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BHP agreements with traditional owners in Australia

BHP views its relationship with Traditional Owners as partnerships based on mutual respect and trust. We recognise that what was lost at Juukan Gorge is not only the loss of a site of deep and unique living cultural heritage, but also a loss of trust, not just for the company involved, but with impacts for the entire resource industry. 

We have listened to Indigenous leaders from around our operations, and at a state and national level. We have sought to clarify our commitment and approach to cultural heritage management and take on the learnings that can strengthen our approach.

BHP has confirmed to Traditional Owners that, consistent with its normal processes, BHP will not act on existing section 18 approvals from the WA Government without further extensive consultation with the Traditional Owners. In the case of the South Flank project, BHP and Banjima have set up a Heritage Advisory Council and will speak to other Traditional Owners to understand the best approach for them.

Our agreements vary across Australia but overall set out numerous aspects of the relationships we have with Traditional Owners. Relationships are fundamental and should reflect the deep respect that BHP holds for Traditional Owners and their cultural heritage. We seek to raise awareness of the importance placed on management of cultural heritage matters by BHP and Traditional Owners and build on our existing processes and approach.  In particular:

  • Communications in relation to cultural heritage:
    Following recent events, some Traditional Owners have expressed views that they feel some elements of agreements impact on their freedom to express opinions about cultural heritage relating to their country. This is not BHP’s intention.
    All people have the right to speak freely and publicly on matters relating to their culture and their cultural heritage including any concerns they have about impacts to cultural heritage.
    BHP has confirmed to Traditional Owners that it does not regard any term of its agreements with them as preventing them from making public statements about cultural heritage concerns. If any provision in BHP’s Agreements can be regarded as having this effect, then BHP will not enforce that clause.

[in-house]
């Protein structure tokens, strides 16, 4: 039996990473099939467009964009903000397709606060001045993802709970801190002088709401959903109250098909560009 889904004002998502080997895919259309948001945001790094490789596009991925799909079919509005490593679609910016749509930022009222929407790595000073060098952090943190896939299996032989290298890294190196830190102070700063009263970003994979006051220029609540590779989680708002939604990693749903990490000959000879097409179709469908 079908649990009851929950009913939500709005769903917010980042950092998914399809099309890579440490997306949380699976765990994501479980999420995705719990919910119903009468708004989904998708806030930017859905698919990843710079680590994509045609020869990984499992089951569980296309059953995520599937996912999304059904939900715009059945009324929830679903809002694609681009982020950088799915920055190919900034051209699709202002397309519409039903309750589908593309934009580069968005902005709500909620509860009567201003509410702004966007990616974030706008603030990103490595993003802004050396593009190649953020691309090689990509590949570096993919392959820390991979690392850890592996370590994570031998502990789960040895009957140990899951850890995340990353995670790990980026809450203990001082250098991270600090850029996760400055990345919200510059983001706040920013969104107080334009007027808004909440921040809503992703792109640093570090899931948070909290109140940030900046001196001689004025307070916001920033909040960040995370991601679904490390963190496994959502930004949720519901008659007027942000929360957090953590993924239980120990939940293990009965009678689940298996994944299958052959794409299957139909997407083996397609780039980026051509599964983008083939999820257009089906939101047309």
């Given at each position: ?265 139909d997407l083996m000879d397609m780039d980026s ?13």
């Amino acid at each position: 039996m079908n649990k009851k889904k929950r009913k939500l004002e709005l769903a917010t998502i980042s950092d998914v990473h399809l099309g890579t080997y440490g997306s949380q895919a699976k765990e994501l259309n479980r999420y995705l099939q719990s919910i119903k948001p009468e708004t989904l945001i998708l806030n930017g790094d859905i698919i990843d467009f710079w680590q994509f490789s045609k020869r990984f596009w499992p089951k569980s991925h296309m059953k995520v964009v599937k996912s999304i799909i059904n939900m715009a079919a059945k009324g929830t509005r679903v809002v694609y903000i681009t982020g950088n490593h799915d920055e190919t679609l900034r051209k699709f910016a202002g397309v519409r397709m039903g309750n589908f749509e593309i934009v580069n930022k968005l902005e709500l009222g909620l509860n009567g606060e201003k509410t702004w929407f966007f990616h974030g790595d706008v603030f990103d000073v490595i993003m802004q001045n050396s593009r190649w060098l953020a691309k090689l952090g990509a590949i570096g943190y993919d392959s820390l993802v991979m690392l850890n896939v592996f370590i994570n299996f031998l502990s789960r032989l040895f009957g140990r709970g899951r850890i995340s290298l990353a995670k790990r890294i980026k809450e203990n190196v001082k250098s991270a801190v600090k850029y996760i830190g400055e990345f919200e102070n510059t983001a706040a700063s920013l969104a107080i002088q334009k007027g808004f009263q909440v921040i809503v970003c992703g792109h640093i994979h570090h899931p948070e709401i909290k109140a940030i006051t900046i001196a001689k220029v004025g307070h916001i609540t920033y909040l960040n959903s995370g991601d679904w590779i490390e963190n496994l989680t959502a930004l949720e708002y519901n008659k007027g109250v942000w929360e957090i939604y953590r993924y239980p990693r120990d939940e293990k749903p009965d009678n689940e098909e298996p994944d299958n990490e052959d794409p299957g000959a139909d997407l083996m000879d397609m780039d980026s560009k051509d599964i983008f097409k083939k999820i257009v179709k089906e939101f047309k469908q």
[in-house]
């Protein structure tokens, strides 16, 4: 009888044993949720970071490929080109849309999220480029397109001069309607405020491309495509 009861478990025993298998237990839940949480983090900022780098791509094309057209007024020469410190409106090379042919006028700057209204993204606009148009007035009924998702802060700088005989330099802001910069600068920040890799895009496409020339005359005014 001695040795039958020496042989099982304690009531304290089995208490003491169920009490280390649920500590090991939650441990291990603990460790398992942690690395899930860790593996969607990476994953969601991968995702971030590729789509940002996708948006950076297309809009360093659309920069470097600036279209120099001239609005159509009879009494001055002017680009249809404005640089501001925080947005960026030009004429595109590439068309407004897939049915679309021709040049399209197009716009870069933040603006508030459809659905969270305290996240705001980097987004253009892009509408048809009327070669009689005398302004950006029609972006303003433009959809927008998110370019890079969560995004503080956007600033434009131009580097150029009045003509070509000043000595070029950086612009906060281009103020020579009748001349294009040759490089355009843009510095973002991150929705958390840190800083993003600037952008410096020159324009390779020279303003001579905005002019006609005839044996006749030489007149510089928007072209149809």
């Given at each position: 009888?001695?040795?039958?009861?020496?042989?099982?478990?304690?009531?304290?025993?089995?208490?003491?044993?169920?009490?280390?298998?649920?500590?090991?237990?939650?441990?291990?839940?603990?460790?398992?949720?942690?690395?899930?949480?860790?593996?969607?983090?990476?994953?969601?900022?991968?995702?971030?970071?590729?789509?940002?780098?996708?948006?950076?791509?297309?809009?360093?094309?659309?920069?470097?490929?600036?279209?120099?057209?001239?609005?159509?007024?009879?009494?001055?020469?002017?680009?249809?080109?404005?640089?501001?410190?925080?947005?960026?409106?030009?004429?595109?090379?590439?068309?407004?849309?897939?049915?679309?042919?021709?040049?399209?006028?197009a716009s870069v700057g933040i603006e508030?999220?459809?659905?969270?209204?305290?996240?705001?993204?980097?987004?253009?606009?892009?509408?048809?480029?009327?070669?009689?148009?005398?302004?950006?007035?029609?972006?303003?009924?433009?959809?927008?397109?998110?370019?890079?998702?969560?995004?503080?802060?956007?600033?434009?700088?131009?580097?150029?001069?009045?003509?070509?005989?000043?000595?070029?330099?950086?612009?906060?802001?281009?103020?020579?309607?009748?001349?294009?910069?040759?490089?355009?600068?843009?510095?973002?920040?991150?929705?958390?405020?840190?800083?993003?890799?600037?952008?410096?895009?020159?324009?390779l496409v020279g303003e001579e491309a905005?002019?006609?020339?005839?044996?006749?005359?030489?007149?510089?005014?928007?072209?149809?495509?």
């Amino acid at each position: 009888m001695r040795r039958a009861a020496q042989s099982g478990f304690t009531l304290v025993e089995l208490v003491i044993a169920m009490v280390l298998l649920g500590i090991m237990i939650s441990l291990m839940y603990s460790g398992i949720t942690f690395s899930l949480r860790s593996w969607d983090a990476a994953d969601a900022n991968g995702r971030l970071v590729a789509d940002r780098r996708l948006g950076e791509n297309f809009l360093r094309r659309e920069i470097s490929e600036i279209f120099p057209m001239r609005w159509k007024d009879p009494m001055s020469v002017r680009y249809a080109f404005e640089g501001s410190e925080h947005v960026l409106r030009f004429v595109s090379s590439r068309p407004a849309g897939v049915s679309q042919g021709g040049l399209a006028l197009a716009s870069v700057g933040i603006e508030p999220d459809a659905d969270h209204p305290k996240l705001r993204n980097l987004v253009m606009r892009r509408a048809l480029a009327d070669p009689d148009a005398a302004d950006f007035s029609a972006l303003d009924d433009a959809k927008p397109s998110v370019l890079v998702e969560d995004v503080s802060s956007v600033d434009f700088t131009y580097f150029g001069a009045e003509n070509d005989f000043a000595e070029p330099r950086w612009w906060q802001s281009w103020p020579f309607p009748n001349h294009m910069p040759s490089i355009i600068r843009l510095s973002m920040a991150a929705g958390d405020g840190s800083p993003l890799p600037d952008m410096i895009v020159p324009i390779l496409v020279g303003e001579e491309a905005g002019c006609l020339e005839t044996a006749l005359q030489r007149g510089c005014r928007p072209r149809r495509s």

BHP will not enforce any clause that would require Traditional Owners to communicate through BHP when providing comments or opinions to government decision-makers in respect of cultural heritage matters.
  • New information:
    BHP has strong existing internal processes in place to ensure that if new information arises that changes the heritage significance of a site, then that new information is taken into account in decisions relating to that site (irrespective of any government approvals that might be in place) in consultation with Traditional Owners.
    We recognise that the understanding and management of cultural heritage must be a continuous process. Consistent with this intent, BHP confirmed with Traditional Owners, that if BHP becomes aware of new information that materially changes the significance of a heritage site, it will not undertake any activity that would disturb that site without agreement with the Traditional Owners. 
  • Review processes:
    Under BHP’s agreements, there is a requirement for periodic reviews of the terms of the agreements and their operation. These reviews are an important opportunity to ensure that the terms of agreements continue to meet best practice. BHP and Traditional Owners are engaged in a number of these reviews currently.
  • Existing Section 18 approvals:
    BHP holds a number of section 18 approvals granted by the Western Australia Department of Planning, Lands and Heritage, which permit impacts to specific cultural heritage sites. These do not include any of the exclusion zones called for by Traditional Owners. Consistent with the approach BHP is taking with its section 18 approvals at South Flank, (and with pre-existing practice), we have also confirmed with Traditional Owners where we hold other existing section 18 consents that we will not act on those consents without first undertaking further extensive consultation with those Traditional Owners.

We have also commenced a program of consultation with traditional owners to ensure we continue to meet their expectations in relation to the preservation and storage of artefacts.


These clarifications are consistent with BHP’s commitment to Free Prior Informed Consent set out in the BHP Indigenous Peoples Policy Statement and BHP Indigenous Peoples Strategy.